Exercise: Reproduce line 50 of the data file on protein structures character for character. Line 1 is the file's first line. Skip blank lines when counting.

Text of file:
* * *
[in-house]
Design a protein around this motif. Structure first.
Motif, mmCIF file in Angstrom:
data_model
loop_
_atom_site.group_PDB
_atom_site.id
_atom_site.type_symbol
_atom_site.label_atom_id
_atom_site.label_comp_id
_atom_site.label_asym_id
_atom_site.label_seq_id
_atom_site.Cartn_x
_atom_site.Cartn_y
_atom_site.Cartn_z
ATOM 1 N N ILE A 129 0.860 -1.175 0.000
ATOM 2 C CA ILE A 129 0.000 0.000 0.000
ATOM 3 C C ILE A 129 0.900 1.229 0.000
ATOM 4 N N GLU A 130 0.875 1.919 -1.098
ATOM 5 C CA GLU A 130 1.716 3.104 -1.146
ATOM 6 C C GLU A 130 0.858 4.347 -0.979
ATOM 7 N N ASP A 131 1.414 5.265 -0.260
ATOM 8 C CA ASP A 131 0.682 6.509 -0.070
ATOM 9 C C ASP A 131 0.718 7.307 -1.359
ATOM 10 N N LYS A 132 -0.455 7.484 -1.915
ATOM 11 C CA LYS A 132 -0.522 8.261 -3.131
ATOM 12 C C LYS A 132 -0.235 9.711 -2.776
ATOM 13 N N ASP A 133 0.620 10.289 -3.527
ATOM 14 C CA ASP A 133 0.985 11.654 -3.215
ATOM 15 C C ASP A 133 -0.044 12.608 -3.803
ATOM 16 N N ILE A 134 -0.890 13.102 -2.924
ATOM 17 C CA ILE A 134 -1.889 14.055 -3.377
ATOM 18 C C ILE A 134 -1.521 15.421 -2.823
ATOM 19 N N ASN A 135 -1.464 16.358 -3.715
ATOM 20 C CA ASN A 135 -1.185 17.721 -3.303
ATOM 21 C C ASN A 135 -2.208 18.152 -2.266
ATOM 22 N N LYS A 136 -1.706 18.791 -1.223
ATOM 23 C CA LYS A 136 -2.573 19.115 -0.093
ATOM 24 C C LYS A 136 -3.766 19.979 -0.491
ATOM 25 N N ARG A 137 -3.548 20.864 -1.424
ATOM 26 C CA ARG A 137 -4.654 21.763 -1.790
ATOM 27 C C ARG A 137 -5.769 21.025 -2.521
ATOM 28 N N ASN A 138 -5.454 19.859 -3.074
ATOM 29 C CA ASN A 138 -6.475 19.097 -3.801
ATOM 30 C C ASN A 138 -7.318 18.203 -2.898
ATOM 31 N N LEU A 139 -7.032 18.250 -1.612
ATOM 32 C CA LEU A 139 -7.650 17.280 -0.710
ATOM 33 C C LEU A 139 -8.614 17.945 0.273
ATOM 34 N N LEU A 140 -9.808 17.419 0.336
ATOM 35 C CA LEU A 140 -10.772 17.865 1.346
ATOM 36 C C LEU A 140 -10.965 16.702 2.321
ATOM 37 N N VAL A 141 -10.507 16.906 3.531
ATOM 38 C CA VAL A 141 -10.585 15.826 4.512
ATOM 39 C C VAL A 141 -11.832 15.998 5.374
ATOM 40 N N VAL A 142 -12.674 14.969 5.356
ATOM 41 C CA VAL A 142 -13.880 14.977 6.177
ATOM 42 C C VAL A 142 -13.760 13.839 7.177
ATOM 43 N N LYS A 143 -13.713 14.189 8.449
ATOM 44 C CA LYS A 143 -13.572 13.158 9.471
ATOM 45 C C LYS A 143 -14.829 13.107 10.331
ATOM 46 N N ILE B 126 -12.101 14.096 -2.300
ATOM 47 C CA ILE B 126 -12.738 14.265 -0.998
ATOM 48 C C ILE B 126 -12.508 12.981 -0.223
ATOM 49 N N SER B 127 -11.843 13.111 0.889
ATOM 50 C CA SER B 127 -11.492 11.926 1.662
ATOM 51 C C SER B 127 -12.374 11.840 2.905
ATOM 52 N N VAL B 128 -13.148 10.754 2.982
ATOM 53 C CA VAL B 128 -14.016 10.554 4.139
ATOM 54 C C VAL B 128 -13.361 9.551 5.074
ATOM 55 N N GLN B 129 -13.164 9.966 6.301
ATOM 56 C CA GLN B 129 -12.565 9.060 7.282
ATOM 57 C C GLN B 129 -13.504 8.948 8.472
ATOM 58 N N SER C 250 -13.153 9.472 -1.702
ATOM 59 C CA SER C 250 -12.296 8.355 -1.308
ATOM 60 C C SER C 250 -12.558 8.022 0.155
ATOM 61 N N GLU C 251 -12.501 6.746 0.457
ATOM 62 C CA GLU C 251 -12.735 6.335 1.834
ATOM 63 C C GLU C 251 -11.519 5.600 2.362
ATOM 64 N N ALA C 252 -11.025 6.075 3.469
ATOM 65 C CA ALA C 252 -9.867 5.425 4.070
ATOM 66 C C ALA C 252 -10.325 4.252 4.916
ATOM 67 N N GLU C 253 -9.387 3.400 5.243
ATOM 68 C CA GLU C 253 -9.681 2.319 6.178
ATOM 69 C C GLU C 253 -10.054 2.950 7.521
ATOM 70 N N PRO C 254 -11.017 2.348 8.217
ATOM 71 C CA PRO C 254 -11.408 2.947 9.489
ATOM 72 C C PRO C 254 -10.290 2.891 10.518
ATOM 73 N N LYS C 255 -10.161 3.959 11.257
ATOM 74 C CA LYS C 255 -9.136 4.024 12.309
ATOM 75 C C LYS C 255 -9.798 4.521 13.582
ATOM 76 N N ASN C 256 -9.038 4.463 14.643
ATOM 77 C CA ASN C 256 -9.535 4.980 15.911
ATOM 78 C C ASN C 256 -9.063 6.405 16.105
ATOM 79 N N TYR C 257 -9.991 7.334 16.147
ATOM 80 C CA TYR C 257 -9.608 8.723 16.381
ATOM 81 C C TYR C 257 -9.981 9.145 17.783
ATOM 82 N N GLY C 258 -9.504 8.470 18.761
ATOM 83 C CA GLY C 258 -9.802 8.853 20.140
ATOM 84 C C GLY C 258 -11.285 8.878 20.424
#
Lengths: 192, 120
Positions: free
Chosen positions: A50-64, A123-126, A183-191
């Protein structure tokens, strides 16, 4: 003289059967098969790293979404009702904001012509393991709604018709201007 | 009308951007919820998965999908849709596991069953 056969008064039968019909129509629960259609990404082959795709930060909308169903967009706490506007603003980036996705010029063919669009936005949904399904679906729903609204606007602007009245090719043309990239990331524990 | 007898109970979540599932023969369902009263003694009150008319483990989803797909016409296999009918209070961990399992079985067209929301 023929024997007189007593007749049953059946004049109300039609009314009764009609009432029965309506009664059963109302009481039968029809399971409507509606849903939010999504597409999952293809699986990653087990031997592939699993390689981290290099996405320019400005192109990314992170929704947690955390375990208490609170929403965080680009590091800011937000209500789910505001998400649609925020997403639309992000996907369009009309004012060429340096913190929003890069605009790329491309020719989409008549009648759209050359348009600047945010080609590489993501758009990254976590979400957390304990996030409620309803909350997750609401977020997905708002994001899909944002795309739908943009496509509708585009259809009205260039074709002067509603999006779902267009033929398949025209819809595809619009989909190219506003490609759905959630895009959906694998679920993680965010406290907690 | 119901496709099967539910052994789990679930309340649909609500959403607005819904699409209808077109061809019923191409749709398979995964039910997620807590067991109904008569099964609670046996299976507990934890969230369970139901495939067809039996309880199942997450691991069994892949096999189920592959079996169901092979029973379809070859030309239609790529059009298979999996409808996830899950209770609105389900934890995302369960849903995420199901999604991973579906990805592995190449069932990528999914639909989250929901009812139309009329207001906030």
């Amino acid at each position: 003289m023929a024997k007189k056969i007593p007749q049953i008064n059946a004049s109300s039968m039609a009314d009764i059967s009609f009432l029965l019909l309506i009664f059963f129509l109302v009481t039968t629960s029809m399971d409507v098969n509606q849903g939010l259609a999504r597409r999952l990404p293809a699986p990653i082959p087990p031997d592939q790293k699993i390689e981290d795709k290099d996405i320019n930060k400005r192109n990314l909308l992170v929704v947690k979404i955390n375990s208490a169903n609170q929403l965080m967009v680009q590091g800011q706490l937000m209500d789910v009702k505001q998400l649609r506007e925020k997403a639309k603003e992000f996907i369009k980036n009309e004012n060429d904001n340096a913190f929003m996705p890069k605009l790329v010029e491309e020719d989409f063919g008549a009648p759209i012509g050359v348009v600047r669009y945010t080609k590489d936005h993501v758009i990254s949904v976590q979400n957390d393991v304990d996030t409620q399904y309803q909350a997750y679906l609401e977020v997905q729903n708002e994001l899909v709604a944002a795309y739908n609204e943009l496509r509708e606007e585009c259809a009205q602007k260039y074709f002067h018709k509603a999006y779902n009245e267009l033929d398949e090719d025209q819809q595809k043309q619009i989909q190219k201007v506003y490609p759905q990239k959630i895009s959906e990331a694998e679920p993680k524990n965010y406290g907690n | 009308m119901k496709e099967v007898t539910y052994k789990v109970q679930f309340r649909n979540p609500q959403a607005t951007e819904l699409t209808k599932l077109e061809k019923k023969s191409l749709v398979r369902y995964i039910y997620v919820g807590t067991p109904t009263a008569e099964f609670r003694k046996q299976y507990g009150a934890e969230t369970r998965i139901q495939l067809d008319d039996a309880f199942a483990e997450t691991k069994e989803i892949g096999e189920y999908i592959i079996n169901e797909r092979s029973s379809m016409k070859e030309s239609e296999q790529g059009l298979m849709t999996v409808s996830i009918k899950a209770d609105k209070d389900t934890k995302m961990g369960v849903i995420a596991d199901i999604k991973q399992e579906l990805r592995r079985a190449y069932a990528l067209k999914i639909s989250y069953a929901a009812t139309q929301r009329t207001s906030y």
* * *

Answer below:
ATOM 35 C CA LEU A 140 -10.772 17.865 1.346